The immense knowledge derived by the Organization in combatting serious desertification challenges in various continents of the world has enabled member states to attain notable impacts in redressing the issues pertaining to soil erosion and degradation. 

In arid and semi-arid regions of the world, such as Iran, these challenges and pressures on natural resources are and will be even more severe. Throughout the past five decades, the United Nations has been working closely with the Government of Iran to support the sustainable management of its natural resources through a number of projects and initiatives. 

The safeguarding of the environment has been a central focus of our development programmes and will continue to be a key pillar of our interventions over the upcoming five years under the new UN Development Assistance Framework which will commence in 2017.

FAO for its part has also sought, since the establishment of its presence in the country, to lend its specialised technical expertise and its substantive experience and knowledge in land management, as well as in the related disciplines of water management, forestry, drought mitigation etc. with a view to combatting the challenges of desertification faced in Iran. 

I am delighted to share a specific example of the measures that have been effectively realized here in Iran over the past five years through the partnership that had been forged by the FAO Land & Water Division and its Forestry Department with the Forest, Range and Watershed Management Organization (FRWO), together with the support of the Global Environmental Facility (GEF), in Rehabilitating Forest Landscapes and Degraded Lands (RFLDL) in the arid and semi-arid areas of Kerman and South Khorasan Provinces. 

The tangible results that have been attained through this successful project to date in terms of desertification control, restoration of ecosystems, enhancing biodiversity, reinforcing food security and generating sustainable livelihoods for local communities, evidence not only the effectiveness of the approach applied, but also reaffirm the viability of the technical methodologies implemented within the framework of this project in confronting the complexities of similar adversities in the country.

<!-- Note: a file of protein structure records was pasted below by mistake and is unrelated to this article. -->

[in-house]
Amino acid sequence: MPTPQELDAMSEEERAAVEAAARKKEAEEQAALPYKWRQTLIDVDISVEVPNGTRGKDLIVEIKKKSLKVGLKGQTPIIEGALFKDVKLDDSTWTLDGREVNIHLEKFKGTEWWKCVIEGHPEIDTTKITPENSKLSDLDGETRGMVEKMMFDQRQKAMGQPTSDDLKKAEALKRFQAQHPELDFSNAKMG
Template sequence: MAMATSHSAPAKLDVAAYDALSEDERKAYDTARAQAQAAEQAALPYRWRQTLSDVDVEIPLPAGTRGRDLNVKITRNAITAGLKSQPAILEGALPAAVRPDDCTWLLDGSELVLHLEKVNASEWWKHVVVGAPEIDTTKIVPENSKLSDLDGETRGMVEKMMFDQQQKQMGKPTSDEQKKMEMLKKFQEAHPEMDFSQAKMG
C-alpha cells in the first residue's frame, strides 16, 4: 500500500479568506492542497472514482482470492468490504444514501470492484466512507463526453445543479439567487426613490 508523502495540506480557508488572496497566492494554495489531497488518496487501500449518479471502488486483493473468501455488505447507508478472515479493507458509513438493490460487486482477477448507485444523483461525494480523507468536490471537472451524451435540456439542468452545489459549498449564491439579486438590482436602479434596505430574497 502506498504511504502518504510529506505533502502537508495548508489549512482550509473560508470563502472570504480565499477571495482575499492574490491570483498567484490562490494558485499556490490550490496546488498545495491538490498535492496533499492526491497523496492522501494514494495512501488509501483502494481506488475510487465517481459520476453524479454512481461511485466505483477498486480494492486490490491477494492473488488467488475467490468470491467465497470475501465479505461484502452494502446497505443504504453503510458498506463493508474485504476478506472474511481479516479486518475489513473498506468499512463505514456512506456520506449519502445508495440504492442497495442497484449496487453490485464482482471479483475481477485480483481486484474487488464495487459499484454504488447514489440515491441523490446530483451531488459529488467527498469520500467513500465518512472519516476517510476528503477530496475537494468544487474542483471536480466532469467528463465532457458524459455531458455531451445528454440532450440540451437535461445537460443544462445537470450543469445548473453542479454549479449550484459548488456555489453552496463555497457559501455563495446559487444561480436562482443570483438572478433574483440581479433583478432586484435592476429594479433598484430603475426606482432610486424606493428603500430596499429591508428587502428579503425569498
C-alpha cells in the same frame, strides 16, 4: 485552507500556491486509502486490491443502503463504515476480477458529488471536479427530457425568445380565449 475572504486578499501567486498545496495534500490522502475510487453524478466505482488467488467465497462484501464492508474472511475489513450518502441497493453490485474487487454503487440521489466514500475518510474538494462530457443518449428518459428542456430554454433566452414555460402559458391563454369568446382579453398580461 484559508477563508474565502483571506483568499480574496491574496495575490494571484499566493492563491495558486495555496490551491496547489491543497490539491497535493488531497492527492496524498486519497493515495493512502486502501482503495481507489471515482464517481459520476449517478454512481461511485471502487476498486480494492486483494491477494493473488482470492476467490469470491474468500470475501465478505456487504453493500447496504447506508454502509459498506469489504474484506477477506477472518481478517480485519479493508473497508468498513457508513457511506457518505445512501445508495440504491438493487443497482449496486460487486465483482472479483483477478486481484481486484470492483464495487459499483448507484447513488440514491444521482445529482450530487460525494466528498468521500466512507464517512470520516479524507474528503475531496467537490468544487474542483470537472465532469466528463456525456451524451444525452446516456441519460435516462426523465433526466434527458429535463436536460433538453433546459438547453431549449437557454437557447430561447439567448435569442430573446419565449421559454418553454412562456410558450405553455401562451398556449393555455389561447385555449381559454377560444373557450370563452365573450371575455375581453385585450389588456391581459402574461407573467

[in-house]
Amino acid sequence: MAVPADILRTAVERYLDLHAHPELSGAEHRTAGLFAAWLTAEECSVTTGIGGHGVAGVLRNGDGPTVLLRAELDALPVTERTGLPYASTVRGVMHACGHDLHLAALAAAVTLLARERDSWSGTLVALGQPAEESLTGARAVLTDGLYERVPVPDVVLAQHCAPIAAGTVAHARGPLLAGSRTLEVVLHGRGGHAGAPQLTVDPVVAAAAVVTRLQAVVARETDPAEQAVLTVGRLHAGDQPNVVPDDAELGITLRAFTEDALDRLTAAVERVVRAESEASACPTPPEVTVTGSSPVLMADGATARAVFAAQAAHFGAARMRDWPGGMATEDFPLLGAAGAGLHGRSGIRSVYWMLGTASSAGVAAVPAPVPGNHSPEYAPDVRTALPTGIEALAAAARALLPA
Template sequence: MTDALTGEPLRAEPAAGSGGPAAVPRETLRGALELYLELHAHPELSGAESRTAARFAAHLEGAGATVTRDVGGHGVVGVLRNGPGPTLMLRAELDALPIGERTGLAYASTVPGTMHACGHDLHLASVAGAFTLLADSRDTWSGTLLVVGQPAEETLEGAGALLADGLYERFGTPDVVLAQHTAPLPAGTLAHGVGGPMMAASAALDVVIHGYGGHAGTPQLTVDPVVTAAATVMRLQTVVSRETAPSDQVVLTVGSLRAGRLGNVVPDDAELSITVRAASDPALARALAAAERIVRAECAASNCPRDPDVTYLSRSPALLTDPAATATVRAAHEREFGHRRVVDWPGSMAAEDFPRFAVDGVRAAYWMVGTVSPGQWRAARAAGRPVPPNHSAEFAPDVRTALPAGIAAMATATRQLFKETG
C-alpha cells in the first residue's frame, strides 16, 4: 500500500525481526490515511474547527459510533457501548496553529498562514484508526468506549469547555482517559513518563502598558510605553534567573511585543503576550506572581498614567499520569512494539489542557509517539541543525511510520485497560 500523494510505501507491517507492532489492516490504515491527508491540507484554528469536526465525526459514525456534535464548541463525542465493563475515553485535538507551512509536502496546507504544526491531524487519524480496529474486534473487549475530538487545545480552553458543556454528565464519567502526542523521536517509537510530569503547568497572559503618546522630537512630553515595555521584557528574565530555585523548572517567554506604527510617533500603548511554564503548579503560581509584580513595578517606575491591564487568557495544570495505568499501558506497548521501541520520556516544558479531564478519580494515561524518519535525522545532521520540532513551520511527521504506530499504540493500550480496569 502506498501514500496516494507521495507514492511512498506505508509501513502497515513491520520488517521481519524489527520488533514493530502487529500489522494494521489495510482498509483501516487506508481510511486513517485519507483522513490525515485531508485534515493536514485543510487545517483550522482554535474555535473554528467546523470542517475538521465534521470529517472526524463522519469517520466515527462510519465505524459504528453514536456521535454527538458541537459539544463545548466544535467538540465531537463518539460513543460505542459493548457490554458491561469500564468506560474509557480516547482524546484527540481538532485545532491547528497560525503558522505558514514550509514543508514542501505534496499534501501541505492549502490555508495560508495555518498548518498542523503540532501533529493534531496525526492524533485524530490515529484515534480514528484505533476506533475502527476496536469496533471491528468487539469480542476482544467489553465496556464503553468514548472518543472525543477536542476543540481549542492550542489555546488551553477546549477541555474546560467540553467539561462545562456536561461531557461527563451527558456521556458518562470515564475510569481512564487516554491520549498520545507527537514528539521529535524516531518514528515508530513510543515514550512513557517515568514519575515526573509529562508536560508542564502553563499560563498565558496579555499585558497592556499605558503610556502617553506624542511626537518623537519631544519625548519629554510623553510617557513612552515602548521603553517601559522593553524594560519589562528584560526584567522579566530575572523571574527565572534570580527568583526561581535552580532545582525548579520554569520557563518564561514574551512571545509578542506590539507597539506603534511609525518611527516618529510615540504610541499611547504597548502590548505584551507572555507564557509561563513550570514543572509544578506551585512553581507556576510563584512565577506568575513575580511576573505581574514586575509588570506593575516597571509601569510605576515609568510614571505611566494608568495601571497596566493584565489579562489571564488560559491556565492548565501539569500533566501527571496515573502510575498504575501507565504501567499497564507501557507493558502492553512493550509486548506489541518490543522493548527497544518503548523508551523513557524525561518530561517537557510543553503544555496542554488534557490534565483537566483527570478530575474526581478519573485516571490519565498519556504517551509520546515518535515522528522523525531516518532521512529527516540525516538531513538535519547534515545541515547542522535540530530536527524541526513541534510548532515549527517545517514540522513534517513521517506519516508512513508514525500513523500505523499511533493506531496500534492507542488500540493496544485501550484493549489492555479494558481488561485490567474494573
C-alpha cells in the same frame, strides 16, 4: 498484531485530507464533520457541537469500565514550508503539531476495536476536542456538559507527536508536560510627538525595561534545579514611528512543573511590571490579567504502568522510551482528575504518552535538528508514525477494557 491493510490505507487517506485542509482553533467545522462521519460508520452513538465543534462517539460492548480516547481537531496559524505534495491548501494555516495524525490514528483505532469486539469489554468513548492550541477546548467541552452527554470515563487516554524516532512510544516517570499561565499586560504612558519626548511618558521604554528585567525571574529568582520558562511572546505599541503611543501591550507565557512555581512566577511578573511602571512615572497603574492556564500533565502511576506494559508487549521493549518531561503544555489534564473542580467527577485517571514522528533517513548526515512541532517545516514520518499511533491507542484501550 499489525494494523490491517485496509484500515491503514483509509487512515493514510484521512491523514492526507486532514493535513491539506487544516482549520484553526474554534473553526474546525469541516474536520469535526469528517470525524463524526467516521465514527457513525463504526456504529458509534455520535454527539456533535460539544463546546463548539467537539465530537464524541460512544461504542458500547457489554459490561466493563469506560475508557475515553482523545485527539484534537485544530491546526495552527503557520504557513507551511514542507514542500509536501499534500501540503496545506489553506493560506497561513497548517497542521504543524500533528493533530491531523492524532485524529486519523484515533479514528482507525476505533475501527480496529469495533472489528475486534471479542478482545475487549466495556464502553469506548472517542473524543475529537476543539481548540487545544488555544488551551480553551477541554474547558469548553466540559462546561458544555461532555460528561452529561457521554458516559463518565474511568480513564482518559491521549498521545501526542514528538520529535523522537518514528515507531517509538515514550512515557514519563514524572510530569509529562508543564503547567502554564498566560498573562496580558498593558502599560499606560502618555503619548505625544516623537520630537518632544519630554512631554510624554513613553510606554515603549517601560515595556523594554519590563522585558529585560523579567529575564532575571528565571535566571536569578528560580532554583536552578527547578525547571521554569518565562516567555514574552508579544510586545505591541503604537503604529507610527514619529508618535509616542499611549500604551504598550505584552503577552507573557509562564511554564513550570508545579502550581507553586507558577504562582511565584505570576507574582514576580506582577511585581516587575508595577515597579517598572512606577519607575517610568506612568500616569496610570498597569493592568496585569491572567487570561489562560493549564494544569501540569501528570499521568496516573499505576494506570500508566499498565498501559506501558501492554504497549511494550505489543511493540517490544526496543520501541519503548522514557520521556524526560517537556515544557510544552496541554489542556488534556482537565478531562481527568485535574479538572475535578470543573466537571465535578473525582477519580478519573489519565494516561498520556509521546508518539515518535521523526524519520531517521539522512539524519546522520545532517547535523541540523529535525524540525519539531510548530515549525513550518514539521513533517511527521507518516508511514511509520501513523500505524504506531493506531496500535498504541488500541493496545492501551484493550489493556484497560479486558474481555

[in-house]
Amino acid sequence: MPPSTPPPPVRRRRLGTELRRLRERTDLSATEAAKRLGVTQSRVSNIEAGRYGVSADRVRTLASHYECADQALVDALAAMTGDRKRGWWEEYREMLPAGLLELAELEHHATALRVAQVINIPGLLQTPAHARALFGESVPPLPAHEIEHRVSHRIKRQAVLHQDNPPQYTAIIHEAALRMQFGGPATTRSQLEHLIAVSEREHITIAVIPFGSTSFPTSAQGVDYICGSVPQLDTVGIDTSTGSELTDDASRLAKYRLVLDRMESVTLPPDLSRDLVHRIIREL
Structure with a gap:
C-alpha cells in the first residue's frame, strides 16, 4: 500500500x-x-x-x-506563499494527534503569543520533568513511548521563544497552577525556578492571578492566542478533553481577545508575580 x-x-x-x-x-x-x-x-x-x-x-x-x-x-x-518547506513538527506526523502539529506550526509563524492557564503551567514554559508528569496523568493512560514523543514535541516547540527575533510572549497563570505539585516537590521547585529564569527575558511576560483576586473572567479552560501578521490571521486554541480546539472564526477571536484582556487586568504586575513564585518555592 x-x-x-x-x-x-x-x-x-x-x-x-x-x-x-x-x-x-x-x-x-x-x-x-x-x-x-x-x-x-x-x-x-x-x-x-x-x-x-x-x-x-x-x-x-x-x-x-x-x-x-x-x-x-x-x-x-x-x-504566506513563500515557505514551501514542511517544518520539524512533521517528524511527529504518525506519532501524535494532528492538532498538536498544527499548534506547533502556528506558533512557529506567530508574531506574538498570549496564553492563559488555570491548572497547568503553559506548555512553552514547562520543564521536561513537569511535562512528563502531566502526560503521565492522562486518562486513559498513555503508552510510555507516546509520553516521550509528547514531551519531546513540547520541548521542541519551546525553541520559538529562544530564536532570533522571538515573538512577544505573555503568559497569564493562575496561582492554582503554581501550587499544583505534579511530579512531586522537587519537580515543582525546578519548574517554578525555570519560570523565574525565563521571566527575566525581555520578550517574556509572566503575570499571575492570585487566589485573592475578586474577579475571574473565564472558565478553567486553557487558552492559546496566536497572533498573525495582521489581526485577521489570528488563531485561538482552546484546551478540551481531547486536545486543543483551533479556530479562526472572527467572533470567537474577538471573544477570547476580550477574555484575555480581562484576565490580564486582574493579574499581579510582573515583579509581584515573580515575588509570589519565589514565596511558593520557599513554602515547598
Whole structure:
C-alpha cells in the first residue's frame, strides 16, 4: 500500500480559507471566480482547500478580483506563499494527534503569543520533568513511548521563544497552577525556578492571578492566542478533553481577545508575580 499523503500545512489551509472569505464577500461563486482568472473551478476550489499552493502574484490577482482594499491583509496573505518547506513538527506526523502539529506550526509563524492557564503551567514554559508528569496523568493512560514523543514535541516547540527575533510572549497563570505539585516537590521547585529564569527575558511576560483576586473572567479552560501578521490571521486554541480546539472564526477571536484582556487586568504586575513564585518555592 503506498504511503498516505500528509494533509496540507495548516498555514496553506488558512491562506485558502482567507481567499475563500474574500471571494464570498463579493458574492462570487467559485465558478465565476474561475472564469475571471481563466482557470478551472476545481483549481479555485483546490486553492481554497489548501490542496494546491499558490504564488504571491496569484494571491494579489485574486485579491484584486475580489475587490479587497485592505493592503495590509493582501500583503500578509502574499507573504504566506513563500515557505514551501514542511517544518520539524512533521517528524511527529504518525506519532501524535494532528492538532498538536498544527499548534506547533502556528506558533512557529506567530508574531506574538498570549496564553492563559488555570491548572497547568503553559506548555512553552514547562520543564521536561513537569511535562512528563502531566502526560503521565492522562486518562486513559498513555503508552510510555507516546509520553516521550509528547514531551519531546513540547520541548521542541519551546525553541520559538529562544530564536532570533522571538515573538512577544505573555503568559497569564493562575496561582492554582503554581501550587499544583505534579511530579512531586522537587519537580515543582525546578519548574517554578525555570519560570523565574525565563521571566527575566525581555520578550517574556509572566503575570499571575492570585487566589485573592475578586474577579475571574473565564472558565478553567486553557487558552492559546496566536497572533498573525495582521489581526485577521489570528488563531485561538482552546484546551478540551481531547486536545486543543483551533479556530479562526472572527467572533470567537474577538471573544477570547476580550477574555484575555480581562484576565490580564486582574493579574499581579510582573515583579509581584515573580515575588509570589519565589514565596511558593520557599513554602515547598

Through the RFLDL project, the capabilities of local communities are being reinforced to embrace sustainable forest and land management practices in safeguarding of the forests, as well as promoting alternative livelihood practices through socio-economic initiatives to embed these sustainable practices in the national and local provincial policies. These activities are closely aligned to the national policies on combatting desertification, on the protection of biodiversity and on the mitigating the impact of climate change. 

To this effect the impact on the local communities and the sustainable practices has evidenced a notable progress in the areas where this project is being implemented. 

As we move forward, FAO intends to be actively engaged in lending its technical global expertise as a specialized UN agency with a lead mandate in these areas to support the Government of the Islamic Republic of Iran, together with other agencies of the UN system and other partners, in mobilizing the required efforts and implementing viable, holistic and integrated measures that would enable the country to meet the new development targets of the post-2015 agenda in securing effective and sustainable land use, land and soil management and land governance.

As highlighted by SDG 15, soil is non-renewable – its loss is not recoverable within a human lifespan. It is therefore vital that we join hands and work collectively to safeguard our lands and, by doing so, safeguard the future of humanity.

Leave a Comment

4 + 1 =